Passed/Failed: An education in the life of Will Hutton, author and former newspaper editor

My teacher was called 'Sexy Nexy'


Will Hutton, 59, was the chief executive of the Work Foundation (formerly the Industrial Society) and is now its executive vice-chairman. He was the economics editor on Newsnight and recently presented two Dispatches programmes on the credit crunch. His third book, The Writing on the Wall, was published in 2007.

The teachers at Bishopton Primary School, Renfrewshire were lovely but the structure of the school was ghastly: the boys' outside toilets stank and things didn't work. There was a terrible thing called "the strap". If someone was naughty, you put your hand out and it was hit three times. My early liberal conscience was stirred: "This is not good!"

I went to my next school, Paisley Grammar, at eight. The Scots boys didn't like the English boys. I was born in Woolwich where my father worked at the Royal Ordnance factory. One English boy, who was rather fat, was chased round the playground by a pack of boys with the aim of beating him up – day in, day out. I like Scotland but there was an underside of Scottish life that was deeply unpleasant, an anti-English, quasi-xenophobia.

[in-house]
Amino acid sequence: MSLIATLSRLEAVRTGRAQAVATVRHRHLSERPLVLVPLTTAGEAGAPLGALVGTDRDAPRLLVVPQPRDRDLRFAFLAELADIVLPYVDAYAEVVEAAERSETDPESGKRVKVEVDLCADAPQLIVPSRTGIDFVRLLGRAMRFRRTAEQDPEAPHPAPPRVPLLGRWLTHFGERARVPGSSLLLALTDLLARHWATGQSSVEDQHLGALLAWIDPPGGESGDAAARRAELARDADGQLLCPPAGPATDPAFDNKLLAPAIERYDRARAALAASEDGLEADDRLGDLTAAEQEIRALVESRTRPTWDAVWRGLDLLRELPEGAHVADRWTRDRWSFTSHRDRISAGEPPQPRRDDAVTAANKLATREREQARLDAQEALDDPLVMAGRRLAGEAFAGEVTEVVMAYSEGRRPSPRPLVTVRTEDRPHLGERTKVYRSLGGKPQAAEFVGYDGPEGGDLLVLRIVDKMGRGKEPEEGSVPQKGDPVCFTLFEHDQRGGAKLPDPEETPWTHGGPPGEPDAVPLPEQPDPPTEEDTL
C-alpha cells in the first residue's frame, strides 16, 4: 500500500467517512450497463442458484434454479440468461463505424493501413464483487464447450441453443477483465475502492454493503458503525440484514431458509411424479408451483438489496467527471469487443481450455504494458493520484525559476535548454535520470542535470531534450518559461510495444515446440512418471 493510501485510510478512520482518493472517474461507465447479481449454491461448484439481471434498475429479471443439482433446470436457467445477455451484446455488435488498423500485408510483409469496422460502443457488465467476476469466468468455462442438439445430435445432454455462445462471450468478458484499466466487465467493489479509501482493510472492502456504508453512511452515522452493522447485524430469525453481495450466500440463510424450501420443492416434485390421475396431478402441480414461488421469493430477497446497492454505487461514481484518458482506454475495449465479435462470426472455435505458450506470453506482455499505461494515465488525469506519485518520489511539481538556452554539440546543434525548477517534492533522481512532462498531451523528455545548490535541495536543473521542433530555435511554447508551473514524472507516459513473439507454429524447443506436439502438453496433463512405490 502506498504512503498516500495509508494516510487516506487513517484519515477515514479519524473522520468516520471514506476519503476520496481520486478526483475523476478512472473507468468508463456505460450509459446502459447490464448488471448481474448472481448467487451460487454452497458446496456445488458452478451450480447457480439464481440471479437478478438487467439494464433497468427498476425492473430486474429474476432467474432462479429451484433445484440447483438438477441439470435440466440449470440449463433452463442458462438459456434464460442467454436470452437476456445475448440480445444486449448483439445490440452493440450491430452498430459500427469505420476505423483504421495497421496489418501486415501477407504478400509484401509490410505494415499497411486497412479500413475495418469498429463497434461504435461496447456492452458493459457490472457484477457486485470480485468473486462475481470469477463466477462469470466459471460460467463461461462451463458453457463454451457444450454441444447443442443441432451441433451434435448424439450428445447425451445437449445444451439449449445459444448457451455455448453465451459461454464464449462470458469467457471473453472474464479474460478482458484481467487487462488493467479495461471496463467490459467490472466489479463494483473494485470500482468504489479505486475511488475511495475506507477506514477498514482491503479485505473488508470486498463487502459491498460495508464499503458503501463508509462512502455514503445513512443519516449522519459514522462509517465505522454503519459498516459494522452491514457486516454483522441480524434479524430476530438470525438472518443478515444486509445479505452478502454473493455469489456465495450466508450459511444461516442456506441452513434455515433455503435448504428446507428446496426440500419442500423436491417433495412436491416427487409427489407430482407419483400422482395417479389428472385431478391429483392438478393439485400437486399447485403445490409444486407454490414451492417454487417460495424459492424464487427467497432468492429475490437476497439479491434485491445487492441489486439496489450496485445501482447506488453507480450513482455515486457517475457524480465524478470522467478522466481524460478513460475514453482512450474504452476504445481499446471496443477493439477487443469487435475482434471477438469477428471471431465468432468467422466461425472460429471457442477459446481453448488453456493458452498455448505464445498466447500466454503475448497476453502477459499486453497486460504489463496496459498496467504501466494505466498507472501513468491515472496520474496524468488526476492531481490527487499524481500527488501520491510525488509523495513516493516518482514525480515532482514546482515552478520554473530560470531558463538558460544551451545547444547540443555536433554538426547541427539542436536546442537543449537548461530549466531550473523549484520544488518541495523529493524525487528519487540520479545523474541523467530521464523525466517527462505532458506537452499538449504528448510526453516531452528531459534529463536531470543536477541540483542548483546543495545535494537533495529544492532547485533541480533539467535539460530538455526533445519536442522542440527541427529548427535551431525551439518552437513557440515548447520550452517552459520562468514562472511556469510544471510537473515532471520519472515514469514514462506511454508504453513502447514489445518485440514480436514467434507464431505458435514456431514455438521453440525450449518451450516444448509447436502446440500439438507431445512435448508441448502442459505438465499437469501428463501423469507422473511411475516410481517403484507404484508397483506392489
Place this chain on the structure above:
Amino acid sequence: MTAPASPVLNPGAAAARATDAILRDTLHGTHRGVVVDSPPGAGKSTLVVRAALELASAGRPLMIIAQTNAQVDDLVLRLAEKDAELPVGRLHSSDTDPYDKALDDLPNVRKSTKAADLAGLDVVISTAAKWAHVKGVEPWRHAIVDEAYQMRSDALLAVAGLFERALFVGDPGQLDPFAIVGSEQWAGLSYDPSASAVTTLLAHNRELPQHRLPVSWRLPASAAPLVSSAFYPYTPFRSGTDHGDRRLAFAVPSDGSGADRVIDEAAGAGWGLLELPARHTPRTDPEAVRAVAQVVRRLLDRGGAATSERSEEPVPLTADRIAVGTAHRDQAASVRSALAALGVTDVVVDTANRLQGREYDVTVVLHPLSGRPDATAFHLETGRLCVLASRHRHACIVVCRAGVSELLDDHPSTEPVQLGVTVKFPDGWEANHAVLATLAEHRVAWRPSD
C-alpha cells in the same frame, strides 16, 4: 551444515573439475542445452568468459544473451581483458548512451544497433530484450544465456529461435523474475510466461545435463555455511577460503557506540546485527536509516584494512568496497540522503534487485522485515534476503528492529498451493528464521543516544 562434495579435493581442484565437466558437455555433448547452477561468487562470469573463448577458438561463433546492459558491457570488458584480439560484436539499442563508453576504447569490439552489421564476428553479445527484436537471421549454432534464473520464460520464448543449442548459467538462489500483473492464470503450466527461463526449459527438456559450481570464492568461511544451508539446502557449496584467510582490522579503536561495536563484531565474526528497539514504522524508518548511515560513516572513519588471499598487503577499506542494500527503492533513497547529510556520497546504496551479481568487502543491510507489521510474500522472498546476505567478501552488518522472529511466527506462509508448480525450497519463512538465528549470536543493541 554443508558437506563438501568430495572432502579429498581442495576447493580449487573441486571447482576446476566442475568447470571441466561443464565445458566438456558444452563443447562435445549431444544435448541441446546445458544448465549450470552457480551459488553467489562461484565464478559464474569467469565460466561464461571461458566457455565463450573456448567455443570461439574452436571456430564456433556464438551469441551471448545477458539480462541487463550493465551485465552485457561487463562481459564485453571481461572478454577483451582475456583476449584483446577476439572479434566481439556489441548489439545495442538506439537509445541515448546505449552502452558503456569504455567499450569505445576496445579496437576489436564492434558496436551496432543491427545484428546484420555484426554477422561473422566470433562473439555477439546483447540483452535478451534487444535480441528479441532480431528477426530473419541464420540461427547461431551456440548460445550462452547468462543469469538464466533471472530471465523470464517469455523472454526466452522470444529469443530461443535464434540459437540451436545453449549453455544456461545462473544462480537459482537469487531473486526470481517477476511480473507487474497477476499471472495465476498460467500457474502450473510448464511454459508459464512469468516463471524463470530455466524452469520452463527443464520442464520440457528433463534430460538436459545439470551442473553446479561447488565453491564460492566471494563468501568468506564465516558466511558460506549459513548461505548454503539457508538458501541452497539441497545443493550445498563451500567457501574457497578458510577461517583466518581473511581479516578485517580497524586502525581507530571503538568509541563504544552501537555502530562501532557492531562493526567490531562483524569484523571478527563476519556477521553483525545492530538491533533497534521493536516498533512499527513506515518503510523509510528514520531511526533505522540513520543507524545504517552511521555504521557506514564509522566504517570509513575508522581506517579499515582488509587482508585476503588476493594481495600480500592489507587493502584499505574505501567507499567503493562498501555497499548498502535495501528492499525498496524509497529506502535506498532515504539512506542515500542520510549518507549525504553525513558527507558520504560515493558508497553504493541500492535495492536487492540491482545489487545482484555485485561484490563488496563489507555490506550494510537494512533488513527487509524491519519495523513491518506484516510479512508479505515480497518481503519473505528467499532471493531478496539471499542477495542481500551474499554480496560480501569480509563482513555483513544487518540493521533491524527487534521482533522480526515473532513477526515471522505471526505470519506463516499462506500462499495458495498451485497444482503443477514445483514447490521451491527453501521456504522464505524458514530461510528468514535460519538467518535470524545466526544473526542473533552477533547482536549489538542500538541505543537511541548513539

The school was terribly traditional and you sat in rows and said your tables by rote. Arithmetic was poorly taught. I sat at the back in a corner and carved my name on the desk.

I left Paisley when we came south and I had two years at Southborough Lane County Primary in Petts Wood, near Bromley, Kent, run by a charismatic headmaster called Mr Godden. He took my mother to one side and said: "Your son is an intelligent boy. He is not in the catchment area for Chislehurst and Sidcup Grammar but if he does well in his 11-plus, I will write a letter saying that he is Oxford and Cambridge material."

"Chis and Sid" was a good school and for me it laid the foundations for everything. I met some fantastic teaching staff. Garth Pinkney inspired me about economics; he introduced me to The Economist. When I get to history passages in my writing, I think every time of Jack Burnip and "Nobby Clark", the history teachers, both passionate about the 17th century.

Miss Necks – "Sexy Nexy" – was a good maths teacher. She was rather vain and didn't like to wear glasses. We once attached a fishing line to the board duster and whenever she went for it, we moved it 3ft. This went on for 10 to 15 minutes. We were sent to the headmaster, but it was worth it.

I was 18 months younger than the oldest boys in the fast-track class and generally bottom or near bottom in the class order. My O-levels were Bs, Cs and Ds but I really flourished in the sixth-form. Doing the subjects I loved – geography, history and economics – I often came first. I played rugby in the first team and ran the tennis team.